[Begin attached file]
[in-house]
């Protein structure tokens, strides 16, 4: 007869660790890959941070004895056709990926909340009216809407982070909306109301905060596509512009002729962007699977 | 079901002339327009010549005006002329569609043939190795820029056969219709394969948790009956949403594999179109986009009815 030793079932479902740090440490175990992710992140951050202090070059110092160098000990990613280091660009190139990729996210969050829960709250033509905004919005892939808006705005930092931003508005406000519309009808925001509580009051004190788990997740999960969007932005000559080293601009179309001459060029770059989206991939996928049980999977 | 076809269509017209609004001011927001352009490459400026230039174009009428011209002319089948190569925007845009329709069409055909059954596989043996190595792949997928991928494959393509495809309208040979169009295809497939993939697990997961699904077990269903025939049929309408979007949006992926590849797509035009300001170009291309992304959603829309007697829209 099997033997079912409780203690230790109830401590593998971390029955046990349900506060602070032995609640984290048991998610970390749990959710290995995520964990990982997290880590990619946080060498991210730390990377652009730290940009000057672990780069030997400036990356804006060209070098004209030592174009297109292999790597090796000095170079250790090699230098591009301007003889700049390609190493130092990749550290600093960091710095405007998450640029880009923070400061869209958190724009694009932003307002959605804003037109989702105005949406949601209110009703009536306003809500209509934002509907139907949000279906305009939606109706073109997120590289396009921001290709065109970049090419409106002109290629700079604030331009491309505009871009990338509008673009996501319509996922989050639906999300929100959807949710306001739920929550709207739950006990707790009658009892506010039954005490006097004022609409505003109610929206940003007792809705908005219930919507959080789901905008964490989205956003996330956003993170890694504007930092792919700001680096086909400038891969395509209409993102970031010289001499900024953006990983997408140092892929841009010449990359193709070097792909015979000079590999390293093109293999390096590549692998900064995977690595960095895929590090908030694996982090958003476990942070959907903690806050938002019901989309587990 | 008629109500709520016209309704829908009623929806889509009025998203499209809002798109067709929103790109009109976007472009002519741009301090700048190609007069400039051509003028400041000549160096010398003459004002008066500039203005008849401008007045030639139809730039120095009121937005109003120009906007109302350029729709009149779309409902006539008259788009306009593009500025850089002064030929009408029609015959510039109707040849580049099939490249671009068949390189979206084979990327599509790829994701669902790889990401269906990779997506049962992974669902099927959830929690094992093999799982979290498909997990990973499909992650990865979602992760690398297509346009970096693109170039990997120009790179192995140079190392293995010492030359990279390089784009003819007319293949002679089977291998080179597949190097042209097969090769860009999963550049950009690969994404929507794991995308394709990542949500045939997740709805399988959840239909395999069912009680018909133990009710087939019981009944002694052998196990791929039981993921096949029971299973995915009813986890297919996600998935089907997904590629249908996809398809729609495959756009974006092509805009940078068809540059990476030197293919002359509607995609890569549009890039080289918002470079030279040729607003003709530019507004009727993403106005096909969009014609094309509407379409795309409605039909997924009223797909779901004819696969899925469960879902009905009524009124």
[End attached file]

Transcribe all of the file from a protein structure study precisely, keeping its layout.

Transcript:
[in-house]
């Protein structure tokens, strides 16, 4: 007869660790890959941070004895056709990926909340009216809407982070909306109301905060596509512009002729962007699977 | 079901002339327009010549005006002329569609043939190795820029056969219709394969948790009956949403594999179109986009009815 030793079932479902740090440490175990992710992140951050202090070059110092160098000990990613280091660009190139990729996210969050829960709250033509905004919005892939808006705005930092931003508005406000519309009808925001509580009051004190788990997740999960969007932005000559080293601009179309001459060029770059989206991939996928049980999977 | 076809269509017209609004001011927001352009490459400026230039174009009428011209002319089948190569925007845009329709069409055909059954596989043996190595792949997928991928494959393509495809309208040979169009295809497939993939697990997961699904077990269903025939049929309408979007949006992926590849797509035009300001170009291309992304959603829309007697829209 099997033997079912409780203690230790109830401590593998971390029955046990349900506060602070032995609640984290048991998610970390749990959710290995995520964990990982997290880590990619946080060498991210730390990377652009730290940009000057672990780069030997400036990356804006060209070098004209030592174009297109292999790597090796000095170079250790090699230098591009301007003889700049390609190493130092990749550290600093960091710095405007998450640029880009923070400061869209958190724009694009932003307002959605804003037109989702105005949406949601209110009703009536306003809500209509934002509907139907949000279906305009939606109706073109997120590289396009921001290709065109970049090419409106002109290629700079604030331009491309505009871009990338509008673009996501319509996922989050639906999300929100959807949710306001739920929550709207739950006990707790009658009892506010039954005490006097004022609409505003109610929206940003007792809705908005219930919507959080789901905008964490989205956003996330956003993170890694504007930092792919700001680096086909400038891969395509209409993102970031010289001499900024953006990983997408140092892929841009010449990359193709070097792909015979000079590999390293093109293999390096590549692998900064995977690595960095895929590090908030694996982090958003476990942070959907903690806050938002019901989309587990 | 008629109500709520016209309704829908009623929806889509009025998203499209809002798109067709929103790109009109976007472009002519741009301090700048190609007069400039051509003028400041000549160096010398003459004002008066500039203005008849401008007045030639139809730039120095009121937005109003120009906007109302350029729709009149779309409902006539008259788009306009593009500025850089002064030929009408029609015959510039109707040849580049099939490249671009068949390189979206084979990327599509790829994701669902790889990401269906990779997506049962992974669902099927959830929690094992093999799982979290498909997990990973499909992650990865979602992760690398297509346009970096693109170039990997120009790179192995140079190392293995010492030359990279390089784009003819007319293949002679089977291998080179597949190097042209097969090769860009999963550049950009690969994404929507794991995308394709990542949500045939997740709805399988959840239909395999069912009680018909133990009710087939019981009944002694052998196990791929039981993921096949029971299973995915009813986890297919996600998935089907997904590629249908996809398809729609495959756009974006092509805009940078068809540059990476030197293919002359509607995609890569549009890039080289918002470079030279040729607003003709530019507004009727993403106005096909969009014609094309509407379409795309409605039909997924009223797909779901004819696969899925469960879902009905009524009124």